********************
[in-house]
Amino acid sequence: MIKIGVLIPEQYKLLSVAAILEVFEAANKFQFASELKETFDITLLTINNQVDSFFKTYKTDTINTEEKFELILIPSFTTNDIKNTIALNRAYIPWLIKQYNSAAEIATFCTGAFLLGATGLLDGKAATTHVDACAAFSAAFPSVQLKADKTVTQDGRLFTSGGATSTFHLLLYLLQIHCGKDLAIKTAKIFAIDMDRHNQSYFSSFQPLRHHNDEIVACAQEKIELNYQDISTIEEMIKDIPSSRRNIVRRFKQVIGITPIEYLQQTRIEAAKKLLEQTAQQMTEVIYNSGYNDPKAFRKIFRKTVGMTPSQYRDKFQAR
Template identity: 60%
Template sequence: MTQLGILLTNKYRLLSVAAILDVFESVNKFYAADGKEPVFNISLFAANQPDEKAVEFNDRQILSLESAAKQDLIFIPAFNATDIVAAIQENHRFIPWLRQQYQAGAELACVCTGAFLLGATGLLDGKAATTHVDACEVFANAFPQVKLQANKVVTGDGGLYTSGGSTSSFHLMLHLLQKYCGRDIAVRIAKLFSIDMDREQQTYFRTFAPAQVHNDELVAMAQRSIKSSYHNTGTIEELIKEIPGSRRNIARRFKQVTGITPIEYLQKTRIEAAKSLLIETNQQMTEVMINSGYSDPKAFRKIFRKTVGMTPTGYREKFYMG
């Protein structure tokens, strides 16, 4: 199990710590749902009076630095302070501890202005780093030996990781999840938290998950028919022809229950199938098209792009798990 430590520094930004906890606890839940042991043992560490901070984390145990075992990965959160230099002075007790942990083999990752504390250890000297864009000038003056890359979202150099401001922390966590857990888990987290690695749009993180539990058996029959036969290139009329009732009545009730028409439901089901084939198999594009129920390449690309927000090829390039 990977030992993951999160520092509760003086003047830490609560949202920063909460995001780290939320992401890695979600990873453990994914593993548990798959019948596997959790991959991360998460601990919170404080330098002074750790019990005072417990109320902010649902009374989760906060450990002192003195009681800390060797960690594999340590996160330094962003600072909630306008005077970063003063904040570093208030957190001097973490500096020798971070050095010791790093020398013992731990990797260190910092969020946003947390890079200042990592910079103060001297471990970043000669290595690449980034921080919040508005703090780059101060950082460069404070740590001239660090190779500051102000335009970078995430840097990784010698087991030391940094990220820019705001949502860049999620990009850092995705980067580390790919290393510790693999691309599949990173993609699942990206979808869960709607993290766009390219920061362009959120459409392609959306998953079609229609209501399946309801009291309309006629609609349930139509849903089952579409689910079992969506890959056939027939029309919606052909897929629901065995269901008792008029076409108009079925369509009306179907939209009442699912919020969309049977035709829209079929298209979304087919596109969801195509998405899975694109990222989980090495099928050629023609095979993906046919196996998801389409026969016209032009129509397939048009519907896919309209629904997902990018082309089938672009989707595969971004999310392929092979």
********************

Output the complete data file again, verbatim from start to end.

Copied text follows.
[in-house]
Amino acid sequence: MIKIGVLIPEQYKLLSVAAILEVFEAANKFQFASELKETFDITLLTINNQVDSFFKTYKTDTINTEEKFELILIPSFTTNDIKNTIALNRAYIPWLIKQYNSAAEIATFCTGAFLLGATGLLDGKAATTHVDACAAFSAAFPSVQLKADKTVTQDGRLFTSGGATSTFHLLLYLLQIHCGKDLAIKTAKIFAIDMDRHNQSYFSSFQPLRHHNDEIVACAQEKIELNYQDISTIEEMIKDIPSSRRNIVRRFKQVIGITPIEYLQQTRIEAAKKLLEQTAQQMTEVIYNSGYNDPKAFRKIFRKTVGMTPSQYRDKFQAR
Template identity: 60%
Template sequence: MTQLGILLTNKYRLLSVAAILDVFESVNKFYAADGKEPVFNISLFAANQPDEKAVEFNDRQILSLESAAKQDLIFIPAFNATDIVAAIQENHRFIPWLRQQYQAGAELACVCTGAFLLGATGLLDGKAATTHVDACEVFANAFPQVKLQANKVVTGDGGLYTSGGSTSSFHLMLHLLQKYCGRDIAVRIAKLFSIDMDREQQTYFRTFAPAQVHNDELVAMAQRSIKSSYHNTGTIEELIKEIPGSRRNIARRFKQVTGITPIEYLQKTRIEAAKSLLIETNQQMTEVMINSGYSDPKAFRKIFRKTVGMTPTGYREKFYMG
């Protein structure tokens, strides 16, 4: 199990710590749902009076630095302070501890202005780093030996990781999840938290998950028919022809229950199938098209792009798990 430590520094930004906890606890839940042991043992560490901070984390145990075992990965959160230099002075007790942990083999990752504390250890000297864009000038003056890359979202150099401001922390966590857990888990987290690695749009993180539990058996029959036969290139009329009732009545009730028409439901089901084939198999594009129920390449690309927000090829390039 990977030992993951999160520092509760003086003047830490609560949202920063909460995001780290939320992401890695979600990873453990994914593993548990798959019948596997959790991959991360998460601990919170404080330098002074750790019990005072417990109320902010649902009374989760906060450990002192003195009681800390060797960690594999340590996160330094962003600072909630306008005077970063003063904040570093208030957190001097973490500096020798971070050095010791790093020398013992731990990797260190910092969020946003947390890079200042990592910079103060001297471990970043000669290595690449980034921080919040508005703090780059101060950082460069404070740590001239660090190779500051102000335009970078995430840097990784010698087991030391940094990220820019705001949502860049999620990009850092995705980067580390790919290393510790693999691309599949990173993609699942990206979808869960709607993290766009390219920061362009959120459409392609959306998953079609229609209501399946309801009291309309006629609609349930139509849903089952579409689910079992969506890959056939027939029309919606052909897929629901065995269901008792008029076409108009079925369509009306179907939209009442699912919020969309049977035709829209079929298209979304087919596109969801195509998405899975694109990222989980090495099928050629023609095979993906046919196996998801389409026969016209032009129509397939048009519907896919309209629904997902990018082309089938672009989707595969971004999310392929092979």